When you’re a socially awkward teenager (or a minimally less-so adult), finding out that someone else in the world shares your pain can be all it takes to make it through another day. But when that particular someone makes a song that wholly captures your precise existential angst—as Juliana Hatfield’s blunt, expletive-ridden, chorus-free “My Sister” did mine—you’re downright blissful.
In the song, Hatfield’s fictional sister was simultaneously a “bitch” and “the best.” I also longed for an older sister to take me to all-ages shows, and lamented that I was more “bitch” than “best” to my own lil’ sis. Even the Nietzschean title of her band’s album, Become What You Are, struck a chord with this 16-year-old semi-loner (too weird for the popular kids, not weird enough for the goth or punk kids), at a time (early ’90s) and place (Detroit suburbs) where being “alternative” was only starting to become desirable.
From that song on, Hatfield soundtracked my adolescence, from Reality Bites to a reunion show of her first band, Blake Babies, where I found myself backstage, breathlessly interviewing her “Chris Farley Show”-style: “Remember…when you played a homeless angel…on My So-Called Life? That was awesome.”
So when I heard the Juliana Hatfield Three were getting back together to record an album—Whatever, My Love, the trio’s first since their 1993 debut—I knew that Hatfield, now 47, was the perfect subject for Life Advice, a new feature NYLON is premiering right here, right now. I bought an Amtrak ticket to Boston, paid a visit to the musician’s charming Victorian flat in Cambridge, and took a ride in her Toyota, decorated with pinecones and peanut shells, her female chocolate lab Charlie in the backseat.
“Wait, is the advice supposed to come from me?” asks Hatfield nervously, taking a sharp left, almost getting us sideswiped, and inspiring a new rule: All Life Advice interviews must include a near-death experience. “Actually, I’m a really good driver,” she says, “but you can exaggerate as much as you want for the story.”
Your new video for “If Only We Were Dogs” is amazing. I was going to ask how you got into the character of a dog so convincingly, but I can see you lead a very dog-rich life.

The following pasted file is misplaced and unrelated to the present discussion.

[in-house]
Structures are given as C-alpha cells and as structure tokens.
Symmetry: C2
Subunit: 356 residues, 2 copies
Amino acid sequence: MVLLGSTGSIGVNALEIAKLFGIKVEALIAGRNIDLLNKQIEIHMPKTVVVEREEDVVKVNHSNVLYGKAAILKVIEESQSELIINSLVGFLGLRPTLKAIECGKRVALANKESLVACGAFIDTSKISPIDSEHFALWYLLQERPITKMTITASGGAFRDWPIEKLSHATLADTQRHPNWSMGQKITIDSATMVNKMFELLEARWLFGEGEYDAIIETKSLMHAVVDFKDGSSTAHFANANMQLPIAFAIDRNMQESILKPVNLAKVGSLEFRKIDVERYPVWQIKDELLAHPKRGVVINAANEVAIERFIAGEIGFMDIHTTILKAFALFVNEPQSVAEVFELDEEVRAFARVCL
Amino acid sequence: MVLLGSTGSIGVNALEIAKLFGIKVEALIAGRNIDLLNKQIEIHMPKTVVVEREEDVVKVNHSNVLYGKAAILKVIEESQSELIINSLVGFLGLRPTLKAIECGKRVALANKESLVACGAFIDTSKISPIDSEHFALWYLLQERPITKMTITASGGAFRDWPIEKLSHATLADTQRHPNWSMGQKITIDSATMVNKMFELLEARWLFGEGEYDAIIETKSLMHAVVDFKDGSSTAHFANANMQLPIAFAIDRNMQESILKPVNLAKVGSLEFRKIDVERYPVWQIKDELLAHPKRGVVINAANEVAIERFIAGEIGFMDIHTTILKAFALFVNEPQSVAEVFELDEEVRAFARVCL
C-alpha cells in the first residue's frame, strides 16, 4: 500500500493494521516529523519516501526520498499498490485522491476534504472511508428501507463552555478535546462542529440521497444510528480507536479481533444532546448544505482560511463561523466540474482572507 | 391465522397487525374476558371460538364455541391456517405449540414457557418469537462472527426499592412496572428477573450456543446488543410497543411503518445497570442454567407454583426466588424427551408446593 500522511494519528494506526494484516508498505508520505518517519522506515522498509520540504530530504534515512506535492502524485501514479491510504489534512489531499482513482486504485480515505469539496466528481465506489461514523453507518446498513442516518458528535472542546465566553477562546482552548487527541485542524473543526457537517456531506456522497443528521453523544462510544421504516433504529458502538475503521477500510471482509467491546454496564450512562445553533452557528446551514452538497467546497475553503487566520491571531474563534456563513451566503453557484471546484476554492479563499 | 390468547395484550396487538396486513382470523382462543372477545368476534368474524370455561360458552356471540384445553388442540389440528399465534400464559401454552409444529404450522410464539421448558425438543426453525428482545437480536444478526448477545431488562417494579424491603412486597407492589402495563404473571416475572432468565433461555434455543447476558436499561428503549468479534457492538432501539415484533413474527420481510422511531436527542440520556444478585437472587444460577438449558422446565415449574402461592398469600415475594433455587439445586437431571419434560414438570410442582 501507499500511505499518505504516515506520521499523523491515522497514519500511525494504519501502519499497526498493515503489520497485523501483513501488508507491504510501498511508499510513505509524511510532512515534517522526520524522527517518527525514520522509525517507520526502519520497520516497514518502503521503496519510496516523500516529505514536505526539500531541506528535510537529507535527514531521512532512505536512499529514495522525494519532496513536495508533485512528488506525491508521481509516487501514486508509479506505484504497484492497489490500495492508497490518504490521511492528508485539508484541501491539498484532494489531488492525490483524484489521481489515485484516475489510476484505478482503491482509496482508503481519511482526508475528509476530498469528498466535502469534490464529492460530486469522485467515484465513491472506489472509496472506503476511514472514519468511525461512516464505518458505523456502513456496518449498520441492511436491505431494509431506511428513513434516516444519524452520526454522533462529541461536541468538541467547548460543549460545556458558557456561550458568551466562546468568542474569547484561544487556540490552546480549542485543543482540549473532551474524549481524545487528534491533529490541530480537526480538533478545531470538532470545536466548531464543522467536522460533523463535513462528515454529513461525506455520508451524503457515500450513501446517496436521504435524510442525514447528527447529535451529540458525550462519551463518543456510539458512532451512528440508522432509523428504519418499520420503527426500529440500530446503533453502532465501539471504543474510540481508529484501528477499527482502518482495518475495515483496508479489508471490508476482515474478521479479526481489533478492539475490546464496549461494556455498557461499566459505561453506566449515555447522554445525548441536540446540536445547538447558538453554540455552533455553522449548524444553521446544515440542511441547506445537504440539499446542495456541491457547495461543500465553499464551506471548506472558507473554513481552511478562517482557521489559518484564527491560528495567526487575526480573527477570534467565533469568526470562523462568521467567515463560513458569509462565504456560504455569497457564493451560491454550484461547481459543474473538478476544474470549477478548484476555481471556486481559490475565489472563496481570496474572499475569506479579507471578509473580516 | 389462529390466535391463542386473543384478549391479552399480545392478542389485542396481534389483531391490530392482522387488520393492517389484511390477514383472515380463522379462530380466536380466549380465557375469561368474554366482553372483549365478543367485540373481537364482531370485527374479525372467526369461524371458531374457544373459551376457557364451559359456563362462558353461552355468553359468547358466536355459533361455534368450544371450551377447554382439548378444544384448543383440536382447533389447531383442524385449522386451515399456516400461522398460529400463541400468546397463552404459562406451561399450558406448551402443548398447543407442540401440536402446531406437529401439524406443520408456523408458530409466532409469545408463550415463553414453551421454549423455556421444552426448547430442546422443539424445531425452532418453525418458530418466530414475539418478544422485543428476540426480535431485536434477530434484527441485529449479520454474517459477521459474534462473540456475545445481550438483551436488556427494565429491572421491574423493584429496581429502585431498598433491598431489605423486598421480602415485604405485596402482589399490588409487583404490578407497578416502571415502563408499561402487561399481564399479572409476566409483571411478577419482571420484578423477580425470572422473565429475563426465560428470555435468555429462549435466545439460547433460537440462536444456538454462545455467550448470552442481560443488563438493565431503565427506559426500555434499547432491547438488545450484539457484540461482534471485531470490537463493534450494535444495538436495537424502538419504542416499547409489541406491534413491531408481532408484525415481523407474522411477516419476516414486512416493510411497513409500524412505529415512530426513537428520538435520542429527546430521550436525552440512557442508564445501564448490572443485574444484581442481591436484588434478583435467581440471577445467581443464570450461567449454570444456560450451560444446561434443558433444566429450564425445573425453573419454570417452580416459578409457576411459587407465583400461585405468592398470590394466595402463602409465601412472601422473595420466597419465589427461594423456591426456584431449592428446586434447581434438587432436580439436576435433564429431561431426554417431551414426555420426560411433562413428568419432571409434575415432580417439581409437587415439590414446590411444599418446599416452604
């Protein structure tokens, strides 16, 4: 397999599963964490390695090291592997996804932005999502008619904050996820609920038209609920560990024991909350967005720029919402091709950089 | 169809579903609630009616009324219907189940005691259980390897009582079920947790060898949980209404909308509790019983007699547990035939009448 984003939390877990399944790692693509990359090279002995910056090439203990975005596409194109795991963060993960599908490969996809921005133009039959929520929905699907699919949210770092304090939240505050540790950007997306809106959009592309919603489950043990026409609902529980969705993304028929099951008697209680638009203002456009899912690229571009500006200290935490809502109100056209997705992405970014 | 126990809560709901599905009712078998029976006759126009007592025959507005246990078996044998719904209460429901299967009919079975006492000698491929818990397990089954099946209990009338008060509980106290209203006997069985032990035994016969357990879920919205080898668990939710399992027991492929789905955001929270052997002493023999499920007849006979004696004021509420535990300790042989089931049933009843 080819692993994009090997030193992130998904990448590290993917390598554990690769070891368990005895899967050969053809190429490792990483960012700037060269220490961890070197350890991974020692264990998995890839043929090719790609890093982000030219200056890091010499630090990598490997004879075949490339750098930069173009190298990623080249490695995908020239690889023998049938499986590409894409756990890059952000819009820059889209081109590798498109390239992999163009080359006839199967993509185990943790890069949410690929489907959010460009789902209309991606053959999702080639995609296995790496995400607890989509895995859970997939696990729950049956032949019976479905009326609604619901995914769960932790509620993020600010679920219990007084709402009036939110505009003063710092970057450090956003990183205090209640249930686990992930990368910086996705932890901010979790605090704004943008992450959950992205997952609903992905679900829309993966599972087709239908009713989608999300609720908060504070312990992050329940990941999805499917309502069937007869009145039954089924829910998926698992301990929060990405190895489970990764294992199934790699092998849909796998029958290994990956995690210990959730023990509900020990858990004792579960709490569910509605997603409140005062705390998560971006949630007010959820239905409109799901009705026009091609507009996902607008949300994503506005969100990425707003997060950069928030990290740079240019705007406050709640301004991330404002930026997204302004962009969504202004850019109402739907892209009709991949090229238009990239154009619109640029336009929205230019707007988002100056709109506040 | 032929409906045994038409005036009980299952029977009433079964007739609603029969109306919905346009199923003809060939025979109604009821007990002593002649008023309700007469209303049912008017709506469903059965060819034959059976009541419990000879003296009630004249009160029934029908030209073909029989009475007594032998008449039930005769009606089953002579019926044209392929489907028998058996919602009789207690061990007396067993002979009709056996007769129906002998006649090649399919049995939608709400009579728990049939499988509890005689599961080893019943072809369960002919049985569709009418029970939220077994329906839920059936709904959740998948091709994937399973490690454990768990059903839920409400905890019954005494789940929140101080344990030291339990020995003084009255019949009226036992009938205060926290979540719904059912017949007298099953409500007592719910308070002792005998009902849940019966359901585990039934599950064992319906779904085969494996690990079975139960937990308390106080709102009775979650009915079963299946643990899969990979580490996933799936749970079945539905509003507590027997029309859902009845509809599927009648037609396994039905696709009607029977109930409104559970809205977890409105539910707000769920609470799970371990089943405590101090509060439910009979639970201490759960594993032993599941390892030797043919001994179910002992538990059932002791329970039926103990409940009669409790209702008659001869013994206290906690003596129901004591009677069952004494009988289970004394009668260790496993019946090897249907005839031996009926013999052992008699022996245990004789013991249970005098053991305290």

I spend a lot of time alone, observing my dog. Human behavior doesn’t make any sense to me, even my own. But dogs, they’re straightforward and simple and I get it. There’s no subtext in the video. It’s just, I’m a dog. You could look more deeply into it if you want, because I’m a woman on my hands and knees, sleeping in a cage. That’s something to think about.
There’s a part in your memoir, When I Grow Up, where you describe a younger band: “cocky, eager, shy, self-conscious, desperate to connect, excited by everything, proud, uncertain about a lot of things but 100 percent sure that what I had to offer the world was what the world wanted and needed, more than anything else.” It’s a great assessment of your 20s. I’ve found my 30s to be full of second-guessing and cynicism. What do I have to look forward to in my next decade—not giving a fuck?
Yes, that starts to happen. I care so much less about what anyone thinks of me now than I did back then, which is great and a kind of freedom—to not be so sensitive to negative comments or misunderstandings. Maybe that just happens when you get older, maybe it comes with experience, maybe I’ve worked really hard to get to this place, but it’s definitely a thing. I was miserable in my 20s: depressed, anxious, eating disorders, no confidence—just miserable. And I’m not anymore. I feel so lucky to have survived my crazy youth. I used to fight against my weaknesses and failings, and now I feel all of those things are really just idiosyncrasies that make me who I am.
You still have an eternal youthfulness about you. Do you think that’s helped or hurt you?